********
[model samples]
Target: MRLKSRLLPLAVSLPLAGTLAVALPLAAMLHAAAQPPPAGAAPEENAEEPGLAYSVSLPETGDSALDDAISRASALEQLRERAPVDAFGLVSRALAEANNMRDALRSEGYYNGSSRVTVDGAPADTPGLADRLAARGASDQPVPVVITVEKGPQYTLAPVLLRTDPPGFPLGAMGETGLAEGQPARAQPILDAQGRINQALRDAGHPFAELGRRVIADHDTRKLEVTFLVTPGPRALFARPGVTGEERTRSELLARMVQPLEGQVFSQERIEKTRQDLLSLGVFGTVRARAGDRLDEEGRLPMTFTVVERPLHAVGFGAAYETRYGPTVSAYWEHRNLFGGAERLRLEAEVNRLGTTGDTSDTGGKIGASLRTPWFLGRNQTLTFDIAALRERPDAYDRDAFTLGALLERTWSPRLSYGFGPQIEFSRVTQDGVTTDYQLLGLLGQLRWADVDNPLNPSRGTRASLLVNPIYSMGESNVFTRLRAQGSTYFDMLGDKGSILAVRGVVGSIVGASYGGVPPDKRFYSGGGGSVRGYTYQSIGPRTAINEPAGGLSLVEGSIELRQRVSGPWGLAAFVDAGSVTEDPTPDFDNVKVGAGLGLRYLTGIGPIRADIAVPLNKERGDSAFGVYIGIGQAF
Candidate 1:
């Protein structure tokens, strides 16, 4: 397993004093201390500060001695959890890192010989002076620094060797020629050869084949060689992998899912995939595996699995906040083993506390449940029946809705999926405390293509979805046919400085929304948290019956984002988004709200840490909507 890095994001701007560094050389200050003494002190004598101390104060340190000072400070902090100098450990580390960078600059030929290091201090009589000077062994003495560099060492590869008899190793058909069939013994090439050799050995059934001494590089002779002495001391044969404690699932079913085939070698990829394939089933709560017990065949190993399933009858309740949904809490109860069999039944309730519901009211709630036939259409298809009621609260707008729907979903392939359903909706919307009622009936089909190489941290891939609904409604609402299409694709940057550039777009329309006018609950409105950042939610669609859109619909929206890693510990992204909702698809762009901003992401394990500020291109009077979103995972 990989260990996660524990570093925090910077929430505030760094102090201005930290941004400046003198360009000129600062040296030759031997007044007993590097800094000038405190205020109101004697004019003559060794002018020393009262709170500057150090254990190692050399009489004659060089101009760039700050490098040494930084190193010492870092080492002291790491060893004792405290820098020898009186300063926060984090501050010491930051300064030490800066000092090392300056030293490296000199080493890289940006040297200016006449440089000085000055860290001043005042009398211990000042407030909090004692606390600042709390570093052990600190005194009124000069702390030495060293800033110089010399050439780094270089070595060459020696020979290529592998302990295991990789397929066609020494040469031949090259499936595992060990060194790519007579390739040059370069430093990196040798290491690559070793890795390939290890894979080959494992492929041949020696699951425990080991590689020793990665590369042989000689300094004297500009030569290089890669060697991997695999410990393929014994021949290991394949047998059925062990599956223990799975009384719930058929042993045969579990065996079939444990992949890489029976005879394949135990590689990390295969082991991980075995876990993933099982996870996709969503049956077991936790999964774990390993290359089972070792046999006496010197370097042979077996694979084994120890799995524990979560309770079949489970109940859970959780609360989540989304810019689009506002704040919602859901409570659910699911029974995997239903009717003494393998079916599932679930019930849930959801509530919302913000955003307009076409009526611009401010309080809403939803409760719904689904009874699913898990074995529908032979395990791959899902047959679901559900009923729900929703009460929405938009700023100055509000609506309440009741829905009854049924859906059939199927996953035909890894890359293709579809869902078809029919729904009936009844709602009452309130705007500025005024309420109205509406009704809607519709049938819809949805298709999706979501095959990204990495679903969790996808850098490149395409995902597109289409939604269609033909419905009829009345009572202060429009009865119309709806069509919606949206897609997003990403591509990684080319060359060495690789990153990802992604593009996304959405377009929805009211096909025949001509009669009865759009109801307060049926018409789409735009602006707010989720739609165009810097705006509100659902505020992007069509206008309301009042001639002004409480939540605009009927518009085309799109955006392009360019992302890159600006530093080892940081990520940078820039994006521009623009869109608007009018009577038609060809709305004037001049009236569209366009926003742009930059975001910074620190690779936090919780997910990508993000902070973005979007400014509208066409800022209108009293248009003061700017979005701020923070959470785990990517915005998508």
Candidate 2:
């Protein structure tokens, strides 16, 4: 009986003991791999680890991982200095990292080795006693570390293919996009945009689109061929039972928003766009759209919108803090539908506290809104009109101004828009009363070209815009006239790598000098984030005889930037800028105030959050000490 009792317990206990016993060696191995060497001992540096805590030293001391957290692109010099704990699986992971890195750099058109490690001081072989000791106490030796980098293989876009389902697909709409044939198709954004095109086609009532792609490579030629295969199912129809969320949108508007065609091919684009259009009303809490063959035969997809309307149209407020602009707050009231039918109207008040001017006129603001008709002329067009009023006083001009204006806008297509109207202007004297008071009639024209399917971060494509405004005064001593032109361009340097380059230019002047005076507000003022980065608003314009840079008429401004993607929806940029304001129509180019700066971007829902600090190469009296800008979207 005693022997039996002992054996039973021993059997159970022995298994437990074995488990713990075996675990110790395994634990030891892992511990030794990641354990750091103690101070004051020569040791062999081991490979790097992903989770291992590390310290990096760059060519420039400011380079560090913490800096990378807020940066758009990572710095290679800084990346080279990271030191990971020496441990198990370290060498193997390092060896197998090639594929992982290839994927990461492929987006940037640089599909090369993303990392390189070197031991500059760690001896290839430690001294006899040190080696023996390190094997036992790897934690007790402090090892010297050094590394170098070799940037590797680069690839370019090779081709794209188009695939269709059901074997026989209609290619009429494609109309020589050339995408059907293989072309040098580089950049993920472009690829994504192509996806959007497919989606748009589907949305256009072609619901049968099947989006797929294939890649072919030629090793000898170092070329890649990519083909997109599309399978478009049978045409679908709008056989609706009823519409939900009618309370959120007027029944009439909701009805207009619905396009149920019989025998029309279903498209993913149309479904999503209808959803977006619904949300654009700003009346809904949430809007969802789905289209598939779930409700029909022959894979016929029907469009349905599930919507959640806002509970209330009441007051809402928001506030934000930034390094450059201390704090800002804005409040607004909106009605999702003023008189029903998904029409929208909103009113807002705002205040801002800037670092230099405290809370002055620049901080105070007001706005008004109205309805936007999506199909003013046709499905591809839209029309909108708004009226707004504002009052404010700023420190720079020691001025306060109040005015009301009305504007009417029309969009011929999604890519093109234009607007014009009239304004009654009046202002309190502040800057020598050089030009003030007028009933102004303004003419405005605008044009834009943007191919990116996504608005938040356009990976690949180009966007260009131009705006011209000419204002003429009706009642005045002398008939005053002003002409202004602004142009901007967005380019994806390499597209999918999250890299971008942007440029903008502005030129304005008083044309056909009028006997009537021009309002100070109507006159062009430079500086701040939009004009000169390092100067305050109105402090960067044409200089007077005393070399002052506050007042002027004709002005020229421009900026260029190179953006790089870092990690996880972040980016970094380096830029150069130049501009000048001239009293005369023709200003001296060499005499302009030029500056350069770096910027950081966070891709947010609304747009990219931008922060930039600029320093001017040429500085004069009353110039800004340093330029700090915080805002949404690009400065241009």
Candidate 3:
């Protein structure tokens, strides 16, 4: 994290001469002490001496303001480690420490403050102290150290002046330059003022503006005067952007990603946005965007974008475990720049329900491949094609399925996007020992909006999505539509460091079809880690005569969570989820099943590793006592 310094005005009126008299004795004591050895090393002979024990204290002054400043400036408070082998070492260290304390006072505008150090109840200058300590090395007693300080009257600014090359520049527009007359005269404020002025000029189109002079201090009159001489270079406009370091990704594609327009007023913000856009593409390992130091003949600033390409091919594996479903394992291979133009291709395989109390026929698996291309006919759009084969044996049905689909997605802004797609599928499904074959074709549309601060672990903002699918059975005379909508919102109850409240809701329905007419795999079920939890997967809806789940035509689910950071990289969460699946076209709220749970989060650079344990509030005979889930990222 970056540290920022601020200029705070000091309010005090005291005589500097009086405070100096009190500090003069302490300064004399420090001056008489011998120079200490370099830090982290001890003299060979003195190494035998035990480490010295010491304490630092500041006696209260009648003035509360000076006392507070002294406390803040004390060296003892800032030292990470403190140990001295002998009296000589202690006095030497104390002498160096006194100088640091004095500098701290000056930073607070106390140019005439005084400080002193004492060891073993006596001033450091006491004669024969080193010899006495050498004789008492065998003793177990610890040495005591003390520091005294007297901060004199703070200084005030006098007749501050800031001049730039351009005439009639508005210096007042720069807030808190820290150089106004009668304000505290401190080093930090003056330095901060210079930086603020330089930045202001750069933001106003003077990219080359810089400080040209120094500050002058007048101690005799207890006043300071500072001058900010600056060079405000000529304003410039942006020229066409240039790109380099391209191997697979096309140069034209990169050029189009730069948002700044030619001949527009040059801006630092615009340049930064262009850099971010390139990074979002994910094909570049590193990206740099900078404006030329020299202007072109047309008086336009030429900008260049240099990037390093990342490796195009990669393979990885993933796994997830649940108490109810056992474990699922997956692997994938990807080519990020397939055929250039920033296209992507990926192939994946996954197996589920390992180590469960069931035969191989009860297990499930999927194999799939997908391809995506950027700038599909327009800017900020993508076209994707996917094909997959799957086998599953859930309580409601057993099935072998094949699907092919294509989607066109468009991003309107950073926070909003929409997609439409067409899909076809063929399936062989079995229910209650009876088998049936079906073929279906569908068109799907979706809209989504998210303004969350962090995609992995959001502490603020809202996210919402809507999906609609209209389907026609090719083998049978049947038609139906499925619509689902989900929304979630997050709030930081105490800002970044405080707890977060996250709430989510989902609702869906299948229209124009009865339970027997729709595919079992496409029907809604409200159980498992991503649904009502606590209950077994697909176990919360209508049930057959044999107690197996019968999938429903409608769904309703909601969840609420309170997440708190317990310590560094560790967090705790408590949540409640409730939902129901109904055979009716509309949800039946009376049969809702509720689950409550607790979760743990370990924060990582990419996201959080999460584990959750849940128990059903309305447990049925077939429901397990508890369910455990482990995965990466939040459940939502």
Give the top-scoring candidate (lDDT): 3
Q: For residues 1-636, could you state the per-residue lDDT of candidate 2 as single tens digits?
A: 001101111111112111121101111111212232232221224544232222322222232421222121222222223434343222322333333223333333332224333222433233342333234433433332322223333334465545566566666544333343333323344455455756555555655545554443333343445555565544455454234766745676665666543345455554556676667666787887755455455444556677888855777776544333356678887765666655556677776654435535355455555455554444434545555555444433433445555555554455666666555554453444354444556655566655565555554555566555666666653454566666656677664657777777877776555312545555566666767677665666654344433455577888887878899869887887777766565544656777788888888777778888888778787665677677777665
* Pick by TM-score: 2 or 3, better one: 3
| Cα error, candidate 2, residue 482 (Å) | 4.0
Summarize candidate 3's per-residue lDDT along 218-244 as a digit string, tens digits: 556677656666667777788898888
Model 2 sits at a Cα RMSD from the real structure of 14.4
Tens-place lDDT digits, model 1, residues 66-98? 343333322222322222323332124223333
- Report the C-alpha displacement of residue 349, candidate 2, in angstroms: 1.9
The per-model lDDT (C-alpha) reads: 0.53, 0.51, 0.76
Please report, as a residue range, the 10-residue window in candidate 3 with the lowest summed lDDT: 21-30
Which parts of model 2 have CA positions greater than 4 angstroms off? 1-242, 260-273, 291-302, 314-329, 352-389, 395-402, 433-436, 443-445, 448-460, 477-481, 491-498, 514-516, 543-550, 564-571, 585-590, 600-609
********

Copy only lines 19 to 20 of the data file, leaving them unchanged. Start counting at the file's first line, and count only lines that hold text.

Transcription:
Please report, as a residue range, the 10-residue window in candidate 3 with the lowest summed lDDT: 21-30
Which parts of model 2 have CA positions greater than 4 angstroms off? 1-242, 260-273, 291-302, 314-329, 352-389, 395-402, 433-436, 443-445, 448-460, 477-481, 491-498, 514-516, 543-550, 564-571, 585-590, 600-609